POINT OF VIEW/ Mikiko Abe:
It is my hope that our town can stand on its own without the massive subsidies associated with the installation of nuclear reactors and fixed asset taxes paid by the power utility. It’s not about asking if we can revert to that state of things. I believe we have to do it now.
I live in temporary housing because my home was swept away by the tsunami generated by the Great East Japan Earthquake.
I was elected to the town assembly eight months after the March 2011 disaster, which claimed the lives of some of my fellow activists. In the hope of conveying their anti-nuclear message to younger generations, I ran in the assembly election as an independent candidate.
The disaster left nearly 10 percent of Onagawa's 10,000 population dead or missing, and nearly 90 percent of homes here were damaged. Some residents believe that a restart of the nuclear plant is essential for rebuilding the town.
Around 1970, when the Onagawa plant had yet to be built, local fishermen banded together to express opposition to the nuclear facility. Thousands took part in a protest rally held near the seashore. About 10 buses, each with 50 seats, arrived from a neighboring town to join it.
But Tohoku Electric began approaching nuclear opponents and secured agreement to engage in small talk from some people. They included, for example, owners of large fishing vessels that operated far from coastal waters. They had large crew and held senior positions in the local fishermen’s union.
There is no significant opposition movement in Onagawa now.
I studied at a university in Tokyo after I graduated from senior high school. I took an interest in the issue of Minamata disease (caused by mercury pollution) and joined a sit-in outside the head office of Chisso Corp., the chemical company responsible for the pollution. I thought the economy was being put ahead of humans--the same picture that applies to atomic power generation.
After I graduated in 1975 and returned home, I found my community polarized between nuclear opponents and proponents. I was told that residents living along the same seashore had been so estranged that they no longer even spoke to each other when they attended funerals of people in the other camp.
The opposition movement gradually cooled its heels after the fishermen's union decided to accept financial compensation, and after construction of the No. 1 reactor of the Onagawa nuclear plant began in 1979.
Some people had relatives working for the nuclear plant, while others supplied food to the plant workers.
They could no longer openly state they were opposed, even if they felt differently in their hearts.
A sense of resignation gradually spread. In the words of Tohoku Electric: “We obtained their understanding through persistent dialogue.”
The Onagawa nuclear plant now has three reactors.
The Great East Japan Earthquake damaged part of the power supply systems at the Onagawa plant, although it was spared from being swamped directly by the tsunami triggered by the March 11, 2011, quake.
I was driving a car in the neighboring city of Ishinomaki at the time. I returned home in the evening after being caught in a traffic jam and found it had been swept away by the tsunami. I lived for some time on the second floor of a relative’s home, whose ground floor had been flooded. I listened to news about the Fukushima nuclear disaster on the radio, but somehow, the situation at the Onagawa nuclear plant never crossed my mind.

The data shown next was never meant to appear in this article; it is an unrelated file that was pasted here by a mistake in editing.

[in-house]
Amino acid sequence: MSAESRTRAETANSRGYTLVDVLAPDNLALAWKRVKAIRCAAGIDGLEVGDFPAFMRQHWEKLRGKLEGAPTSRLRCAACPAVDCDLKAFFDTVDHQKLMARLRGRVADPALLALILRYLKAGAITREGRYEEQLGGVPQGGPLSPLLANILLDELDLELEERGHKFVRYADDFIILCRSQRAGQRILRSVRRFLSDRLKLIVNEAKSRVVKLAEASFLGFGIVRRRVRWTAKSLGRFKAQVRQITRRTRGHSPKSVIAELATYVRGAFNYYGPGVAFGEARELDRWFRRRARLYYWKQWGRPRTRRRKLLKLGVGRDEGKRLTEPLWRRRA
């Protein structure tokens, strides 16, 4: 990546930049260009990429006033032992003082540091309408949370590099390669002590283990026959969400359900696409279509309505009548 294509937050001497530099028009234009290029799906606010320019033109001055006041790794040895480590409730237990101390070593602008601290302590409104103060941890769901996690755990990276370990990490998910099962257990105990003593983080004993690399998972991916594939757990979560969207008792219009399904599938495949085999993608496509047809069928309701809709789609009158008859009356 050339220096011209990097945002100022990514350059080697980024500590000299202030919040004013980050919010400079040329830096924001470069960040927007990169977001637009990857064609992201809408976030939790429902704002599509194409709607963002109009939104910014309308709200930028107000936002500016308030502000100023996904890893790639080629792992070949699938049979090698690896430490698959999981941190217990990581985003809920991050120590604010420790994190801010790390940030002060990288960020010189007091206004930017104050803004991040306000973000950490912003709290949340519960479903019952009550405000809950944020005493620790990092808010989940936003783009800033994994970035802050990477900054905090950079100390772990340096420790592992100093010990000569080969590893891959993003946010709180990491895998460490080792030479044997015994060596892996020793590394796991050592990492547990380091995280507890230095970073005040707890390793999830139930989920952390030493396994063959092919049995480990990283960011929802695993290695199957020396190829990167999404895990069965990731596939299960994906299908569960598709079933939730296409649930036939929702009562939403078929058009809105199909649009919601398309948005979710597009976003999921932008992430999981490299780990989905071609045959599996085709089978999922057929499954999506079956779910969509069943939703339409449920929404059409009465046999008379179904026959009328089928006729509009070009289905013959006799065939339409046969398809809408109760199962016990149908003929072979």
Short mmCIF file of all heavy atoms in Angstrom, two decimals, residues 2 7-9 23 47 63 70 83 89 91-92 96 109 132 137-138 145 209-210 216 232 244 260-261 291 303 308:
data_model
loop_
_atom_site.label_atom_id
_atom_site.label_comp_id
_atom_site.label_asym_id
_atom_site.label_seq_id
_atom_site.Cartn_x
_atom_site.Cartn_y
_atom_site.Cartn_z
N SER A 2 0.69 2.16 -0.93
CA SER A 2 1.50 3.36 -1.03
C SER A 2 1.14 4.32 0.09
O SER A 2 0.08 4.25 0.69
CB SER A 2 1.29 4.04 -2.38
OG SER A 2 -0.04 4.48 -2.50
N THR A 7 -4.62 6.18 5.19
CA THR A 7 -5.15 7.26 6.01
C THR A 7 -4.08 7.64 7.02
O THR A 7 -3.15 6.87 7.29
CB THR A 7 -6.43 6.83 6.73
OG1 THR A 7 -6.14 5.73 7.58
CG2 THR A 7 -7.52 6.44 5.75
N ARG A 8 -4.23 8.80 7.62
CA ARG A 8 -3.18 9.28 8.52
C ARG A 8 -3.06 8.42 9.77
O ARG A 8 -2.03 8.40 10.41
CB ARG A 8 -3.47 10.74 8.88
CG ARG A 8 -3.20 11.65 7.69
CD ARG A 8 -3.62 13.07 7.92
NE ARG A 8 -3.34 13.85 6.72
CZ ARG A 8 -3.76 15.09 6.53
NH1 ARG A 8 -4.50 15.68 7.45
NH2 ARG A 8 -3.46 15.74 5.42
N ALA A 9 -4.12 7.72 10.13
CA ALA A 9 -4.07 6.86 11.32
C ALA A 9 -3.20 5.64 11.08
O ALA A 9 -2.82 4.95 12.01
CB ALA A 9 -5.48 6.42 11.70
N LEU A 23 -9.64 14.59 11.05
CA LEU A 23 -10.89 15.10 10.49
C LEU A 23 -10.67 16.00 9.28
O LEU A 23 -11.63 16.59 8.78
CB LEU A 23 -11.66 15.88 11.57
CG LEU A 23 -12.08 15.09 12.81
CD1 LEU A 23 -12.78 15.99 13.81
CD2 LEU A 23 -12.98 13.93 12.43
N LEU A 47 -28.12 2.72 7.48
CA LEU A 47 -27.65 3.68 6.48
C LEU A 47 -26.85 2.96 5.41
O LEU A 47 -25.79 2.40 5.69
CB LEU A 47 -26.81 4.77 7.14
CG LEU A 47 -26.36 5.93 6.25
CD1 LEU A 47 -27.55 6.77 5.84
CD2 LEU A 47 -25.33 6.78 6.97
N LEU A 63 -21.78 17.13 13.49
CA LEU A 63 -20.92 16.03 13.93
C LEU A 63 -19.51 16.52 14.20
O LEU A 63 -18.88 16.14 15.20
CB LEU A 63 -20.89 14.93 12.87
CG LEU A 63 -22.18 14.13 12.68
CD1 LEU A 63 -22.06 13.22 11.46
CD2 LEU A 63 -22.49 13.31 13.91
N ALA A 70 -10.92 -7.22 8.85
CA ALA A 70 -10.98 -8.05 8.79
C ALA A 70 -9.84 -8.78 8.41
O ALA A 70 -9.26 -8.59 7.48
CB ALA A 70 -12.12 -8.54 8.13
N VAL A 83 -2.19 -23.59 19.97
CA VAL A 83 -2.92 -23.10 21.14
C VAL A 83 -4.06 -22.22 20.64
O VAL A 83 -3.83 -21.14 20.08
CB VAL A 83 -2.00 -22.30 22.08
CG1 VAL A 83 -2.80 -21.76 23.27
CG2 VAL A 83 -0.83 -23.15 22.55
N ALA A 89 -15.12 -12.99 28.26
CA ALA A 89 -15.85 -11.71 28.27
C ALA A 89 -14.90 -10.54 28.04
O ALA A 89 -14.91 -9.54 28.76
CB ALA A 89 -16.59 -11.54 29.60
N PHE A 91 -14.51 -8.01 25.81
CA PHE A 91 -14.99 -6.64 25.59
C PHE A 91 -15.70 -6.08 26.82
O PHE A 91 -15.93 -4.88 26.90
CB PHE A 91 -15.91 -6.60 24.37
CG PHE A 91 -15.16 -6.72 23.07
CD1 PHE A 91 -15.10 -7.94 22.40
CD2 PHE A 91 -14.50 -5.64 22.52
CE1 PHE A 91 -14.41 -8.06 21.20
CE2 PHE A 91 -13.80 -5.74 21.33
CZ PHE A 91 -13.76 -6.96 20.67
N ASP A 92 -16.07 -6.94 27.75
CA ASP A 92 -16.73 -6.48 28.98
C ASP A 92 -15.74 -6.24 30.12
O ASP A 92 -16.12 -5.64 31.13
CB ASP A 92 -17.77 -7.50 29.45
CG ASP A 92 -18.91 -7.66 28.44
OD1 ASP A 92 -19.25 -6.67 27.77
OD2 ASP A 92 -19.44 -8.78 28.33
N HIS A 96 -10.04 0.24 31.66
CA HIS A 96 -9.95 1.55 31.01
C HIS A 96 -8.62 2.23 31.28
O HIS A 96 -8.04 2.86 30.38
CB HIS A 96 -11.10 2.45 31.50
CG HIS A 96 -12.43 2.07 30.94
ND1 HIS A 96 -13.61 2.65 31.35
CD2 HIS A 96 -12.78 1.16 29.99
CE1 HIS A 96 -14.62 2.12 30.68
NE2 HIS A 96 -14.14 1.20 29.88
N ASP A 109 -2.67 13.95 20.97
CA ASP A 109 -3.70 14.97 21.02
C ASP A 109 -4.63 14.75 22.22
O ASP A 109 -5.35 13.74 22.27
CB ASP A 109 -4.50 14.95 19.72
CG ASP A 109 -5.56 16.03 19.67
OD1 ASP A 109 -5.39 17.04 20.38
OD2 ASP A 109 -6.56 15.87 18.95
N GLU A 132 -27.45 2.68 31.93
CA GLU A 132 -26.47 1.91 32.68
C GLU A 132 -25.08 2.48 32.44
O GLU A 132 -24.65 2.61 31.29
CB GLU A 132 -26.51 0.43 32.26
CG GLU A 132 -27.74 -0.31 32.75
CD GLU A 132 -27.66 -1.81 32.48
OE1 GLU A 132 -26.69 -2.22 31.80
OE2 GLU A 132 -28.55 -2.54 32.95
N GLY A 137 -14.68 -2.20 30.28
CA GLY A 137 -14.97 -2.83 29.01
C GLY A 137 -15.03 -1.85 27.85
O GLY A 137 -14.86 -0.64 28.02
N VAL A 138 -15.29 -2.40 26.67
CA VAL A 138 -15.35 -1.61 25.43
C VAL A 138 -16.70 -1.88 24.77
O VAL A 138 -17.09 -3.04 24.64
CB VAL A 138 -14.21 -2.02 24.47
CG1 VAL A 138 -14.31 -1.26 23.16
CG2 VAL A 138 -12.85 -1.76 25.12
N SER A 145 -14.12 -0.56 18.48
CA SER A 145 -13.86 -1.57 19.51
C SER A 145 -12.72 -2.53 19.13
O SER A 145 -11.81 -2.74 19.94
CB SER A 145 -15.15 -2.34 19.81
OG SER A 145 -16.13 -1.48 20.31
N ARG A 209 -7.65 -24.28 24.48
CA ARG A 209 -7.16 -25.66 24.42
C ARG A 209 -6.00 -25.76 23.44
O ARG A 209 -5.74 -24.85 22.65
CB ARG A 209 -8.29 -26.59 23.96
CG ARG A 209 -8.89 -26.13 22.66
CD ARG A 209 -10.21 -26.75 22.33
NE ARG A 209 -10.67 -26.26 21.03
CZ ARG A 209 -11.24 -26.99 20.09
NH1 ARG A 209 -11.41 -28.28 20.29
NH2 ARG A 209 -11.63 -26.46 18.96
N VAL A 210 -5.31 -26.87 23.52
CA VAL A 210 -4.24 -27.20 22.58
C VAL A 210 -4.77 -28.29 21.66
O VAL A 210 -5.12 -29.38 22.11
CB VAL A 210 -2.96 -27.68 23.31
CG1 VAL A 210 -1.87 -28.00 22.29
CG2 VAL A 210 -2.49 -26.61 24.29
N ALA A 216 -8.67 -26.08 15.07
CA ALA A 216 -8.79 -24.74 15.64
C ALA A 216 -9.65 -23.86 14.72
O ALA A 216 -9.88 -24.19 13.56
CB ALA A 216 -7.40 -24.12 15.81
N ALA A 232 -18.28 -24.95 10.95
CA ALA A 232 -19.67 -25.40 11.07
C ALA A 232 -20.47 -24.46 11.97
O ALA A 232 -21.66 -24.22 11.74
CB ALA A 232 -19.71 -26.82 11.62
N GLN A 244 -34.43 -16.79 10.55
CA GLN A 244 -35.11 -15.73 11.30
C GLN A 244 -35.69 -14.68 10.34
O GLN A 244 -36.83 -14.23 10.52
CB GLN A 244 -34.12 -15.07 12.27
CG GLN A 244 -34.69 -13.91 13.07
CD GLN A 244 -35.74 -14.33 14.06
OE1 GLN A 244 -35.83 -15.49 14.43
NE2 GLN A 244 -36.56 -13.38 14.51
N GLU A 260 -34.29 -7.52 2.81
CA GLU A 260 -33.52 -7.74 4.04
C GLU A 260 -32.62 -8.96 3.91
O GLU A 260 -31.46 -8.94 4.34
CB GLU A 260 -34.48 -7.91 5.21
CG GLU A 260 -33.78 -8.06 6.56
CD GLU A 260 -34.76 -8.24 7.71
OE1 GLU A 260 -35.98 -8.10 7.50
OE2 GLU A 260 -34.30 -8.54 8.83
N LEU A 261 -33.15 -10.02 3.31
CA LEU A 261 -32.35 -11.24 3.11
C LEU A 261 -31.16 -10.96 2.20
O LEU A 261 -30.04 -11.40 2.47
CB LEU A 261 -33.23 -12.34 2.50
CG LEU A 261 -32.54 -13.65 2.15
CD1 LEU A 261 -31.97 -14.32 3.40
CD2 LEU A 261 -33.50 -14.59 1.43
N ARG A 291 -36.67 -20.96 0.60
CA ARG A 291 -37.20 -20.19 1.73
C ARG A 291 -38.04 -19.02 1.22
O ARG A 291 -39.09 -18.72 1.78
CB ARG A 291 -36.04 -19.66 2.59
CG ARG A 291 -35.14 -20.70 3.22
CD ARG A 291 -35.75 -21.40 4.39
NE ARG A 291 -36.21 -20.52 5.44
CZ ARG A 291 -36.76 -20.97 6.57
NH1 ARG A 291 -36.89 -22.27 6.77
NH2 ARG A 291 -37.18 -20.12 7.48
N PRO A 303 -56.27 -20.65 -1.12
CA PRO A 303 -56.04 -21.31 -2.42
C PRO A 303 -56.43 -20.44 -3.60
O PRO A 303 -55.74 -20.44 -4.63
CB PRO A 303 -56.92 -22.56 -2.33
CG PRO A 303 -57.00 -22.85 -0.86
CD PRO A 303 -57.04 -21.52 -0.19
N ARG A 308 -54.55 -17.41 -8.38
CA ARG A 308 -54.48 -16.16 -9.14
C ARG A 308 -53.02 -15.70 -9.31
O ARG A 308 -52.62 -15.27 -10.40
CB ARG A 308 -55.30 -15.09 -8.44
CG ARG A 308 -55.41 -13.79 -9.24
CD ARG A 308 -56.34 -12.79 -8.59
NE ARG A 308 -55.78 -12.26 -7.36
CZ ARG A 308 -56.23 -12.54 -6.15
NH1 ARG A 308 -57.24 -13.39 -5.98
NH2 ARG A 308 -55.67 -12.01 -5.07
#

Tohoku Electric has been boasting that the Onagawa nuclear plant “withstood the quake and tsunami.” I have also been told that a gymnasium on the grounds of the plant served as an evacuation shelter for more than 300 residents for three months. Some inhabitants are thankful for that.
But I later learned that the plant grounds lay only 80 centimeters above the towering tsunami, which measured 13 meters in height, and only one of the five external power supply systems survived without damage. Perhaps it was a matter of sheer chance that a serious accident was avoided.
The town government has so far received 21 billion yen ($195 million) in subsidies associated with the installation of nuclear reactors. This is in line with three laws governing the siting of nuclear power plants. The town also has a huge revenue source as a result of fixed asset taxes paid by Tohoku Electric. Sumptuous facilities that exceed our means have popped up one after another.
In looking to the future and making decisions about the town’s finances, a key consideration is whether we should bank on cash revenue from a future restart of the Onagawa nuclear plant.
When I attended a debate session in the assembly, I raised an objection to a young man who called for community development based on coexistence with the nuclear plant. Nobody presented follow-up opinions. And that was the last time the nuclear plant issue was raised. It remains difficult to this day to speak your mind.
But some people have begun reflecting on the future of the nuclear plant, even though they don’t speak out. The president of a company that does business with the nuclear plant once blurted out, when he was alone with me, “We cannot rely on the nuclear plant forever.”
Three of the 12 members of the Onagawa town assembly are opposed to the nuclear plant. Some of the other nine are taking a wait-and-see attitude and are less than wholeheartedly pro-nuclear.
I believe that, with the nuclear plant idled in the wake of the quake and tsunami disaster, now is a good opportunity for the townspeople to discuss their own future among themselves.
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Mikiko Abe, 62, operates a liquor shop and a shipping agency, which markets fish caught from outside Onagawa, with her parents. Abe has one son and four daughters.
(This article is based on an interview by Ryoma Komiyama.)
Source: Asahi Shimbun